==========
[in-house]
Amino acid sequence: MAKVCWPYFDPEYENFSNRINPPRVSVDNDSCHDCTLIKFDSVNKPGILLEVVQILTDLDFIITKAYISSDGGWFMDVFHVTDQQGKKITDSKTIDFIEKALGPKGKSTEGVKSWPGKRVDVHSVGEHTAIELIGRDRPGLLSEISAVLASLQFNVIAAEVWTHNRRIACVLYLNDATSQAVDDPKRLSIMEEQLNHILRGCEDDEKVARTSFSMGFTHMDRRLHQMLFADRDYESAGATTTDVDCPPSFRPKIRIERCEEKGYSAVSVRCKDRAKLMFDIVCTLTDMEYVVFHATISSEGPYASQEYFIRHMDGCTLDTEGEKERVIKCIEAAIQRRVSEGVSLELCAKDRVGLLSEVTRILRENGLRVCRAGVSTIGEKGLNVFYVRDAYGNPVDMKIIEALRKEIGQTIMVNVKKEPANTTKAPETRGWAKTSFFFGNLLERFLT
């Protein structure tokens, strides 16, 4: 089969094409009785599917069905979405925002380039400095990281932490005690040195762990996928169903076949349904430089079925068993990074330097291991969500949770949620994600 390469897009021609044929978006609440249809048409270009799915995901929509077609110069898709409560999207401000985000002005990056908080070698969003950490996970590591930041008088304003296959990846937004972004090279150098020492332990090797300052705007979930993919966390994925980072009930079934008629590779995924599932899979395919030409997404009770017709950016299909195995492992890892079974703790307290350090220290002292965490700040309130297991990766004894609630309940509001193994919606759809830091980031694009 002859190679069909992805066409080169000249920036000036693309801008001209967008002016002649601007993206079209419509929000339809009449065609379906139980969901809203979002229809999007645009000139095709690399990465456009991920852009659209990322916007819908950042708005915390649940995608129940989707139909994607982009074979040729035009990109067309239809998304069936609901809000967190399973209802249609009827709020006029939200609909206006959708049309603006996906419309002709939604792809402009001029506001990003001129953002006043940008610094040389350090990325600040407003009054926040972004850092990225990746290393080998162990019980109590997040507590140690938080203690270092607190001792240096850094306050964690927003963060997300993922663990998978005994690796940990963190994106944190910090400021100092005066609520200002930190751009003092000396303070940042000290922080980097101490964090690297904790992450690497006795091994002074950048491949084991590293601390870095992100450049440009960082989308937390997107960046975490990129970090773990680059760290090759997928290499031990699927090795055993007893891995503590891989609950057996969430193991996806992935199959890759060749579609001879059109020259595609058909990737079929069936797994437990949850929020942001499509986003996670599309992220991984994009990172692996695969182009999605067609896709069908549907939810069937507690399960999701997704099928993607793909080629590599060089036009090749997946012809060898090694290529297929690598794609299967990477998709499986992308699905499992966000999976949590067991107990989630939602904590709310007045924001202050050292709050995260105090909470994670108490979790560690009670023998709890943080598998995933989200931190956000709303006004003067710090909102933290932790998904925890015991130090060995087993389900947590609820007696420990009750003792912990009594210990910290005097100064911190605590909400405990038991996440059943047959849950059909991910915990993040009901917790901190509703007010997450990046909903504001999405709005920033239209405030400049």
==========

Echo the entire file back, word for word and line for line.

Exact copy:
[in-house]
Amino acid sequence: MAKVCWPYFDPEYENFSNRINPPRVSVDNDSCHDCTLIKFDSVNKPGILLEVVQILTDLDFIITKAYISSDGGWFMDVFHVTDQQGKKITDSKTIDFIEKALGPKGKSTEGVKSWPGKRVDVHSVGEHTAIELIGRDRPGLLSEISAVLASLQFNVIAAEVWTHNRRIACVLYLNDATSQAVDDPKRLSIMEEQLNHILRGCEDDEKVARTSFSMGFTHMDRRLHQMLFADRDYESAGATTTDVDCPPSFRPKIRIERCEEKGYSAVSVRCKDRAKLMFDIVCTLTDMEYVVFHATISSEGPYASQEYFIRHMDGCTLDTEGEKERVIKCIEAAIQRRVSEGVSLELCAKDRVGLLSEVTRILRENGLRVCRAGVSTIGEKGLNVFYVRDAYGNPVDMKIIEALRKEIGQTIMVNVKKEPANTTKAPETRGWAKTSFFFGNLLERFLT
């Protein structure tokens, strides 16, 4: 089969094409009785599917069905979405925002380039400095990281932490005690040195762990996928169903076949349904430089079925068993990074330097291991969500949770949620994600 390469897009021609044929978006609440249809048409270009799915995901929509077609110069898709409560999207401000985000002005990056908080070698969003950490996970590591930041008088304003296959990846937004972004090279150098020492332990090797300052705007979930993919966390994925980072009930079934008629590779995924599932899979395919030409997404009770017709950016299909195995492992890892079974703790307290350090220290002292965490700040309130297991990766004894609630309940509001193994919606759809830091980031694009 002859190679069909992805066409080169000249920036000036693309801008001209967008002016002649601007993206079209419509929000339809009449065609379906139980969901809203979002229809999007645009000139095709690399990465456009991920852009659209990322916007819908950042708005915390649940995608129940989707139909994607982009074979040729035009990109067309239809998304069936609901809000967190399973209802249609009827709020006029939200609909206006959708049309603006996906419309002709939604792809402009001029506001990003001129953002006043940008610094040389350090990325600040407003009054926040972004850092990225990746290393080998162990019980109590997040507590140690938080203690270092607190001792240096850094306050964690927003963060997300993922663990998978005994690796940990963190994106944190910090400021100092005066609520200002930190751009003092000396303070940042000290922080980097101490964090690297904790992450690497006795091994002074950048491949084991590293601390870095992100450049440009960082989308937390997107960046975490990129970090773990680059760290090759997928290499031990699927090795055993007893891995503590891989609950057996969430193991996806992935199959890759060749579609001879059109020259595609058909990737079929069936797994437990949850929020942001499509986003996670599309992220991984994009990172692996695969182009999605067609896709069908549907939810069937507690399960999701997704099928993607793909080629590599060089036009090749997946012809060898090694290529297929690598794609299967990477998709499986992308699905499992966000999976949590067991107990989630939602904590709310007045924001202050050292709050995260105090909470994670108490979790560690009670023998709890943080598998995933989200931190956000709303006004003067710090909102933290932790998904925890015991130090060995087993389900947590609820007696420990009750003792912990009594210990910290005097100064911190605590909400405990038991996440059943047959849950059909991910915990993040009901917790901190509703007010997450990046909903504001999405709005920033239209405030400049």